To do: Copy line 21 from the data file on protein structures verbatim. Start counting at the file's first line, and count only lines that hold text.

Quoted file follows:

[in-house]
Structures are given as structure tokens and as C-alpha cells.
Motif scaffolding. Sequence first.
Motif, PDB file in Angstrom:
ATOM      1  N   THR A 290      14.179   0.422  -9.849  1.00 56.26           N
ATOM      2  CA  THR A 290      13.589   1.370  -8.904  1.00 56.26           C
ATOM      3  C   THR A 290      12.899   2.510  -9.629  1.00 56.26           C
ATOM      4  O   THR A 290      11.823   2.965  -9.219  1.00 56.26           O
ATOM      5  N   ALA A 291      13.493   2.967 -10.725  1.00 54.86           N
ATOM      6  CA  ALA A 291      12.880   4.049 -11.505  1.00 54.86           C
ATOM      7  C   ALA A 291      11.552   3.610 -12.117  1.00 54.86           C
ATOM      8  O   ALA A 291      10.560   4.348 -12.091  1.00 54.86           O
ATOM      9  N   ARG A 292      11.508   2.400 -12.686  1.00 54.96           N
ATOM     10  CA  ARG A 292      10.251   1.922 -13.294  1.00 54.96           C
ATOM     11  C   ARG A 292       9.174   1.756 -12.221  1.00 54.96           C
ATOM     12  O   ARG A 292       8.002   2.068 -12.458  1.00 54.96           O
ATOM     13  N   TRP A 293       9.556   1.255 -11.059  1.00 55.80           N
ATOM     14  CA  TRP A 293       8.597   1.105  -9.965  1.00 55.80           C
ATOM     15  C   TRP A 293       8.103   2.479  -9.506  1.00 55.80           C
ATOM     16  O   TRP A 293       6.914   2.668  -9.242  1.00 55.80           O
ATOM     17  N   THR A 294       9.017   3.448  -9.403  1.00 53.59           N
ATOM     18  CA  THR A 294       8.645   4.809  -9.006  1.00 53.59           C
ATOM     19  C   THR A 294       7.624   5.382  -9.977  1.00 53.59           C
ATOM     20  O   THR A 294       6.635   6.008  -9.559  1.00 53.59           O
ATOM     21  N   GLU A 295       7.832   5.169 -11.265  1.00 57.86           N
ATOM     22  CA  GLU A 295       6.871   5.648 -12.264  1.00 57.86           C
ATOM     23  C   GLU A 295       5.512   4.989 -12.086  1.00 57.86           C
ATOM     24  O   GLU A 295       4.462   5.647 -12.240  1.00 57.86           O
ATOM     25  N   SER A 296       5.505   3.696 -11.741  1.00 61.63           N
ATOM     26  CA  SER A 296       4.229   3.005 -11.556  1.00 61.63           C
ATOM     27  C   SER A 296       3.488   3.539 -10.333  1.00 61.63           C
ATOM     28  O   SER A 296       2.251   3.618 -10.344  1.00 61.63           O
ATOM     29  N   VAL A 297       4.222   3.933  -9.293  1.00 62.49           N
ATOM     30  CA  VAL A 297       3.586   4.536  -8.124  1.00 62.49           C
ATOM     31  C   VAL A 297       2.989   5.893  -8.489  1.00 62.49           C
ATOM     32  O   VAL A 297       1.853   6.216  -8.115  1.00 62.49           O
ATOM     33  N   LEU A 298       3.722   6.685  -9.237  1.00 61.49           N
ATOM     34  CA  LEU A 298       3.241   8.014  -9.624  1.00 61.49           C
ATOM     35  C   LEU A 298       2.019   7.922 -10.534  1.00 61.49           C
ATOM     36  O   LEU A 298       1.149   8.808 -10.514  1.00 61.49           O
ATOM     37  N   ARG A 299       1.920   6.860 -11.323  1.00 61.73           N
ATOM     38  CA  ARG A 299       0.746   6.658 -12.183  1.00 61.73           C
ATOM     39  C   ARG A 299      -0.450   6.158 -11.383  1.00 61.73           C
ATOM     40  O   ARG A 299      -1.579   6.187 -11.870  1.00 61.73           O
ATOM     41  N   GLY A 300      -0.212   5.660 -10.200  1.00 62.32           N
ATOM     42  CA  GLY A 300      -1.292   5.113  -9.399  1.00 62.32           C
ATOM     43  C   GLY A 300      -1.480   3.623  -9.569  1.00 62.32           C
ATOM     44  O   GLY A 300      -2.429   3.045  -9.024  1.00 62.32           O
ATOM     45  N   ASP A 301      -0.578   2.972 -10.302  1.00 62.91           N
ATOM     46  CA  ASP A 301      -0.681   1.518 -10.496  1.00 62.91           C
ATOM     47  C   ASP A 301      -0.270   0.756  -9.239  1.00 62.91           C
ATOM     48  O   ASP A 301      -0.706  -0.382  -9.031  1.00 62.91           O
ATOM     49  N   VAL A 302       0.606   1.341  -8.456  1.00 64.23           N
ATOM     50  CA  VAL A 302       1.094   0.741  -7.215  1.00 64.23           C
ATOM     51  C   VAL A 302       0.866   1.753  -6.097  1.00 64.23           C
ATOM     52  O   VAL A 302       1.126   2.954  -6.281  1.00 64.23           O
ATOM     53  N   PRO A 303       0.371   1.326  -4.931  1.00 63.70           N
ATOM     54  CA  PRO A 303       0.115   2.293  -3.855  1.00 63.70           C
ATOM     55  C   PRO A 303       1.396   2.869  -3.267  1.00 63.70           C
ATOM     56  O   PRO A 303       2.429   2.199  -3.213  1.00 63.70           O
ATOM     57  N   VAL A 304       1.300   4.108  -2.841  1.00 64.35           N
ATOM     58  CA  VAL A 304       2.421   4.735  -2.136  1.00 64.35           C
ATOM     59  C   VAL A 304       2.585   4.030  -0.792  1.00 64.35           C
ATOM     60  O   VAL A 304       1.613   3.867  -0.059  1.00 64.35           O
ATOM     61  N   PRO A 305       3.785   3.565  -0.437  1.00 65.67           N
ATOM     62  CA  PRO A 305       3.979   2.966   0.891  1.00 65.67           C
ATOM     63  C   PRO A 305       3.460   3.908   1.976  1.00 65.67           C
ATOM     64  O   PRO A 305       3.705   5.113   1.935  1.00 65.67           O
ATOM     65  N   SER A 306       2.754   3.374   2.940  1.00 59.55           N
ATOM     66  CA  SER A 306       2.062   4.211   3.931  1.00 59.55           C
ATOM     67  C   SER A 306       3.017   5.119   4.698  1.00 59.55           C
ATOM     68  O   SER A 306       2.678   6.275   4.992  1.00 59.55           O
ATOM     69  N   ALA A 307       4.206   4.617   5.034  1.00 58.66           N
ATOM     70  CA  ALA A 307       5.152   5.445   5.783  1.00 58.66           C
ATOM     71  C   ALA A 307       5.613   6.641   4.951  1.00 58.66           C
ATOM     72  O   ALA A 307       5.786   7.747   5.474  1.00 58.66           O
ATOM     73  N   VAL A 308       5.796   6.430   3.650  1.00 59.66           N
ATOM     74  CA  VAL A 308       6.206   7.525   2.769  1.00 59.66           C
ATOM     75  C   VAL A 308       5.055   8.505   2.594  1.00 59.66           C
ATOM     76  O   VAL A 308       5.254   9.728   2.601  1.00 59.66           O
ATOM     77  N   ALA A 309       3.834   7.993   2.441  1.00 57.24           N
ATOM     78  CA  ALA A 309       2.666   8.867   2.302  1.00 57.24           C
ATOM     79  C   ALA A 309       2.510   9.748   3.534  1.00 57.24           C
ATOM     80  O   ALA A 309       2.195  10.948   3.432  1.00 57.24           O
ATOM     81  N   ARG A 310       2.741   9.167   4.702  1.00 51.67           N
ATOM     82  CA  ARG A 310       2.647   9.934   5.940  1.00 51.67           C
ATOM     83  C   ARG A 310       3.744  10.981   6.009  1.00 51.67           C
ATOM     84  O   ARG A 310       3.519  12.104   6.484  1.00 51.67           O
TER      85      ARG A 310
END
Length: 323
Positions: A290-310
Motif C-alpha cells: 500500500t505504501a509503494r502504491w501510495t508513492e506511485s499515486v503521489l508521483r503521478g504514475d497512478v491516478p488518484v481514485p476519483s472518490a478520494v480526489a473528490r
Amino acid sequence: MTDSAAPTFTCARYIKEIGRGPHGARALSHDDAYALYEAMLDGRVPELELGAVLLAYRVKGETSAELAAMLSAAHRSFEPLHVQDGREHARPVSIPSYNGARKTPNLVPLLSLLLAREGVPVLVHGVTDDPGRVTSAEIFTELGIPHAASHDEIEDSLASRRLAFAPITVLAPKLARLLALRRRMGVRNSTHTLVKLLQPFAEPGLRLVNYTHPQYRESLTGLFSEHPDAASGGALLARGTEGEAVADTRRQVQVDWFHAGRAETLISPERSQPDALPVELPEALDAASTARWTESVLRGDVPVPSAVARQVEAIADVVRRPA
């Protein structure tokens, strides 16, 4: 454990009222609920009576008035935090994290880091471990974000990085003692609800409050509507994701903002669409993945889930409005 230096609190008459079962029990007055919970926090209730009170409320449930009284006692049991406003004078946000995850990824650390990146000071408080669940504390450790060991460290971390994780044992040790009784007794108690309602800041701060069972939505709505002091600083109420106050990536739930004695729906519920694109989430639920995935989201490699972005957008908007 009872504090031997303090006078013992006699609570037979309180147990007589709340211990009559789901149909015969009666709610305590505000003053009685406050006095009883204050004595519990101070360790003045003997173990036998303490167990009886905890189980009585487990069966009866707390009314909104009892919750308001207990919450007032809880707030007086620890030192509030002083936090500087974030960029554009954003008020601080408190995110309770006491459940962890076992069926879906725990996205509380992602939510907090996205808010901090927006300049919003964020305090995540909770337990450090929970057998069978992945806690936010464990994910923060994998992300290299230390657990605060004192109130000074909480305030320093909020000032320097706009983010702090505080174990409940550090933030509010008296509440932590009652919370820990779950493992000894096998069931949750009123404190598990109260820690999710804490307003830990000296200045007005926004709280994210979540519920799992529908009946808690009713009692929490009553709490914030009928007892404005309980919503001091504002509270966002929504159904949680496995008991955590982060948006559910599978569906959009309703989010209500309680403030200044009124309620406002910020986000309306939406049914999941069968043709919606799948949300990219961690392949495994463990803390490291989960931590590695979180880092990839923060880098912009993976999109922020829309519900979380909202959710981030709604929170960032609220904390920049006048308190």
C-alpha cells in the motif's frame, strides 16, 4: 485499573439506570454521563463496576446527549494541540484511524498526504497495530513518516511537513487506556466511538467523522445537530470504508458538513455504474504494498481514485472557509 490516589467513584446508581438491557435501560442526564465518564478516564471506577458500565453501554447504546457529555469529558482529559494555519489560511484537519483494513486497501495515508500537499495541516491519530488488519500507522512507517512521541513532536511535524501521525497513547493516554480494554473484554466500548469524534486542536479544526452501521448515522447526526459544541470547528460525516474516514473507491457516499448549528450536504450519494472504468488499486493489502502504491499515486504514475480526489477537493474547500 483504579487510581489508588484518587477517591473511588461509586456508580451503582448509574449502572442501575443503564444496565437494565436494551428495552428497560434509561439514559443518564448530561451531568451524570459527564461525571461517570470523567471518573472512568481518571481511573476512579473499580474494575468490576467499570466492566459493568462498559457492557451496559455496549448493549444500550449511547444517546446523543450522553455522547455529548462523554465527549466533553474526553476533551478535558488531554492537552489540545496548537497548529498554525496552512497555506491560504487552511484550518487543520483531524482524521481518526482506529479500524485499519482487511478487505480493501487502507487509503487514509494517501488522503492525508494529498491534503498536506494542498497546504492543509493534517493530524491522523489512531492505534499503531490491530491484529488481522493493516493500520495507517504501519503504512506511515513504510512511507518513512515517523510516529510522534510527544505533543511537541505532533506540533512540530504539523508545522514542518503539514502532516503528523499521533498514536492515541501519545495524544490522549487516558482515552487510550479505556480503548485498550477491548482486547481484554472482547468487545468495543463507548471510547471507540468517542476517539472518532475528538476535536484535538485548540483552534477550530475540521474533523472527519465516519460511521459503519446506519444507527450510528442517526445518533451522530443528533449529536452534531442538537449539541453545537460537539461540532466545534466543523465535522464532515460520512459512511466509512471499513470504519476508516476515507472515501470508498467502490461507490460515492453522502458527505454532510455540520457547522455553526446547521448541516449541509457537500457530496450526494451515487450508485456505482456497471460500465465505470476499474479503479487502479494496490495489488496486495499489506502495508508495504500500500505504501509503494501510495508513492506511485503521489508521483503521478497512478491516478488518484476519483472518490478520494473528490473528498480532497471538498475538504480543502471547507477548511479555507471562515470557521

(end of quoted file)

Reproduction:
ATOM     17  N   THR A 294       9.017   3.448  -9.403  1.00 53.59           N